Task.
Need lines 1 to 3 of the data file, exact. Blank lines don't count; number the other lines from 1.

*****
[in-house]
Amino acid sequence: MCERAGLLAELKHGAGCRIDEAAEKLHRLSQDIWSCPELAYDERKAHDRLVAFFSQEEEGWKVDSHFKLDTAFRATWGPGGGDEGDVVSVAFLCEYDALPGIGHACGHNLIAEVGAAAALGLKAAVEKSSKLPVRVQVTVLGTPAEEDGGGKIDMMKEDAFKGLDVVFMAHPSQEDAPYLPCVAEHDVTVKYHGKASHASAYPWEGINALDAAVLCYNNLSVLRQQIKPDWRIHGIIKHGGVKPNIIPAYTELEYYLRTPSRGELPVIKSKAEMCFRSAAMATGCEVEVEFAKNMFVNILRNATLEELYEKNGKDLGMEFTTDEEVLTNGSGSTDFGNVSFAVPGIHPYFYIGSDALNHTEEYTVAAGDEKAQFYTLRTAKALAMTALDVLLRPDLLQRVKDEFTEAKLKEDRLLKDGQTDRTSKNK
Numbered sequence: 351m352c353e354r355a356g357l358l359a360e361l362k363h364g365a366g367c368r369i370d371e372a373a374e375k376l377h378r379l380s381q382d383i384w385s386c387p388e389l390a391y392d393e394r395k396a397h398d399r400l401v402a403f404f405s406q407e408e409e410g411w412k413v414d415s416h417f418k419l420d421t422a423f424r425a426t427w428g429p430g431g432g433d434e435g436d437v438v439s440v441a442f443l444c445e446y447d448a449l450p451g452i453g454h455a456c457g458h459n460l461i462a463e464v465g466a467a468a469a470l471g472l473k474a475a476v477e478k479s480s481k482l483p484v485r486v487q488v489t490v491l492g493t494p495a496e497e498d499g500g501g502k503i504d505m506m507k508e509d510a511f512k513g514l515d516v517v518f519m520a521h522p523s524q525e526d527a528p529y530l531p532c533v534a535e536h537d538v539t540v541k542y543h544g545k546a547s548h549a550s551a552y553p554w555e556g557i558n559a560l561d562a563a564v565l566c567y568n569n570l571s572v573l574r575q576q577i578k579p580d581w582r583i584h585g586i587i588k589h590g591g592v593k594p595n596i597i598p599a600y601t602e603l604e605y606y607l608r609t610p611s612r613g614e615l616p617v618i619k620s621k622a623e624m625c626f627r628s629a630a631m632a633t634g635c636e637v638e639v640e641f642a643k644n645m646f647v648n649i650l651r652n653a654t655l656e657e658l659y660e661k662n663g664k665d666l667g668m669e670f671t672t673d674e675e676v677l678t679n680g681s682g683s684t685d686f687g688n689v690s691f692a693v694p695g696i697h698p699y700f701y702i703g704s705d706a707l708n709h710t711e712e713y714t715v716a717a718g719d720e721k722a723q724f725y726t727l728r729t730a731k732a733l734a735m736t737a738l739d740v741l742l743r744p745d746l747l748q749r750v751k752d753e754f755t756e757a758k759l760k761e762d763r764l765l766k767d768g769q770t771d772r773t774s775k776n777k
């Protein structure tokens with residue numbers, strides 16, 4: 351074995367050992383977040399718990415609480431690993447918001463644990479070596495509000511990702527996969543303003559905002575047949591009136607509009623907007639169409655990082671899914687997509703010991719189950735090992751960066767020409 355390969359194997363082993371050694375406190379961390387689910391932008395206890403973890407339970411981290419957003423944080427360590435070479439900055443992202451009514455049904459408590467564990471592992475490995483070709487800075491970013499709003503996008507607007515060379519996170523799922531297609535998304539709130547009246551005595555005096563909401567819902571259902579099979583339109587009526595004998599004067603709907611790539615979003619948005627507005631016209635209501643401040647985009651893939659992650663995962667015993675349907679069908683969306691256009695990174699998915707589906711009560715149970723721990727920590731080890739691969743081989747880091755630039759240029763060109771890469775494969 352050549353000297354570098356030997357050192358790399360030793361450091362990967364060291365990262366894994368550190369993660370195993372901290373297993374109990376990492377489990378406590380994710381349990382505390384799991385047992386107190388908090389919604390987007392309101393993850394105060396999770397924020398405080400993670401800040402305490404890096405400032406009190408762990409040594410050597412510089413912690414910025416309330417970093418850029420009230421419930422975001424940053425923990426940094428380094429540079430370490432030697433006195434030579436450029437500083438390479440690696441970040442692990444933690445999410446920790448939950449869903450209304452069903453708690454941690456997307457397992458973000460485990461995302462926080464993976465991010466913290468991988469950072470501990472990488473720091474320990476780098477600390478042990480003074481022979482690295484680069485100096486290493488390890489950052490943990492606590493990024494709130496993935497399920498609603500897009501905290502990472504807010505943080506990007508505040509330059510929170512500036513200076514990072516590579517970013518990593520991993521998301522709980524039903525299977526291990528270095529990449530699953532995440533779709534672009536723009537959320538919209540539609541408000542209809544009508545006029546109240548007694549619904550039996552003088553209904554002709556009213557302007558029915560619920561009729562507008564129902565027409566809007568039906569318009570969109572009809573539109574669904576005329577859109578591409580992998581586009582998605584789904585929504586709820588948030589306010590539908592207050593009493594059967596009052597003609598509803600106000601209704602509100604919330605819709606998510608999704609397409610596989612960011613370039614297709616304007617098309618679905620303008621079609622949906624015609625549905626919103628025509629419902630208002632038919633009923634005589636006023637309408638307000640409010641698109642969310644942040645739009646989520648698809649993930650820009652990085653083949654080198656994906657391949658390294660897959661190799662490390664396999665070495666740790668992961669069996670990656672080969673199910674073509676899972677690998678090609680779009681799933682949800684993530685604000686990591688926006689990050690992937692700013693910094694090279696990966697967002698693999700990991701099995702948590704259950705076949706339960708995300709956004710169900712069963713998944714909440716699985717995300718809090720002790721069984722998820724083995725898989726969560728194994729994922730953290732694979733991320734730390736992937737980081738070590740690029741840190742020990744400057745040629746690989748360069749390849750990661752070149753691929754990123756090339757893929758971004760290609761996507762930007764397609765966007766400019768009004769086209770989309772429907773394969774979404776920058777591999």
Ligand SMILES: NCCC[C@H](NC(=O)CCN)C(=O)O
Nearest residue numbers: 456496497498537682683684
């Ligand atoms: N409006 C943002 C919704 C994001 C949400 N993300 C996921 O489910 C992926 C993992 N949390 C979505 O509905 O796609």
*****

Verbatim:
[in-house]
Amino acid sequence: MCERAGLLAELKHGAGCRIDEAAEKLHRLSQDIWSCPELAYDERKAHDRLVAFFSQEEEGWKVDSHFKLDTAFRATWGPGGGDEGDVVSVAFLCEYDALPGIGHACGHNLIAEVGAAAALGLKAAVEKSSKLPVRVQVTVLGTPAEEDGGGKIDMMKEDAFKGLDVVFMAHPSQEDAPYLPCVAEHDVTVKYHGKASHASAYPWEGINALDAAVLCYNNLSVLRQQIKPDWRIHGIIKHGGVKPNIIPAYTELEYYLRTPSRGELPVIKSKAEMCFRSAAMATGCEVEVEFAKNMFVNILRNATLEELYEKNGKDLGMEFTTDEEVLTNGSGSTDFGNVSFAVPGIHPYFYIGSDALNHTEEYTVAAGDEKAQFYTLRTAKALAMTALDVLLRPDLLQRVKDEFTEAKLKEDRLLKDGQTDRTSKNK
Numbered sequence: 351m352c353e354r355a356g357l358l359a360e361l362k363h364g365a366g367c368r369i370d371e372a373a374e375k376l377h378r379l380s381q382d383i384w385s386c387p388e389l390a391y392d393e394r395k396a397h398d399r400l401v402a403f404f405s406q407e408e409e410g411w412k413v414d415s416h417f418k419l420d421t422a423f424r425a426t427w428g429p430g431g432g433d434e435g436d437v438v439s440v441a442f443l444c445e446y447d448a449l450p451g452i453g454h455a456c457g458h459n460l461i462a463e464v465g466a467a468a469a470l471g472l473k474a475a476v477e478k479s480s481k482l483p484v485r486v487q488v489t490v491l492g493t494p495a496e497e498d499g500g501g502k503i504d505m506m507k508e509d510a511f512k513g514l515d516v517v518f519m520a521h522p523s524q525e526d527a528p529y530l531p532c533v534a535e536h537d538v539t540v541k542y543h544g545k546a547s548h549a550s551a552y553p554w555e556g557i558n559a560l561d562a563a564v565l566c567y568n569n570l571s572v573l574r575q576q577i578k579p580d581w582r583i584h585g586i587i588k589h590g591g592v593k594p595n596i597i598p599a600y601t602e603l604e605y606y607l608r609t610p611s612r613g614e615l616p617v618i619k620s621k622a623e624m625c626f627r628s629a630a631m632a633t634g635c636e637v638e639v640e641f642a643k644n645m646f647v648n649i650l651r652n653a654t655l656e657e658l659y660e661k662n663g664k665d666l667g668m669e670f671t672t673d674e675e676v677l678t679n680g681s682g683s684t685d686f687g688n689v690s691f692a693v694p695g696i697h698p699y700f701y702i703g704s705d706a707l708n709h710t711e712e713y714t715v716a717a718g719d720e721k722a723q724f725y726t727l728r729t730a731k732a733l734a735m736t737a738l739d740v741l742l743r744p745d746l747l748q749r750v751k752d753e754f755t756e757a758k759l760k761e762d763r764l765l766k767d768g769q770t771d772r773t774s775k776n777k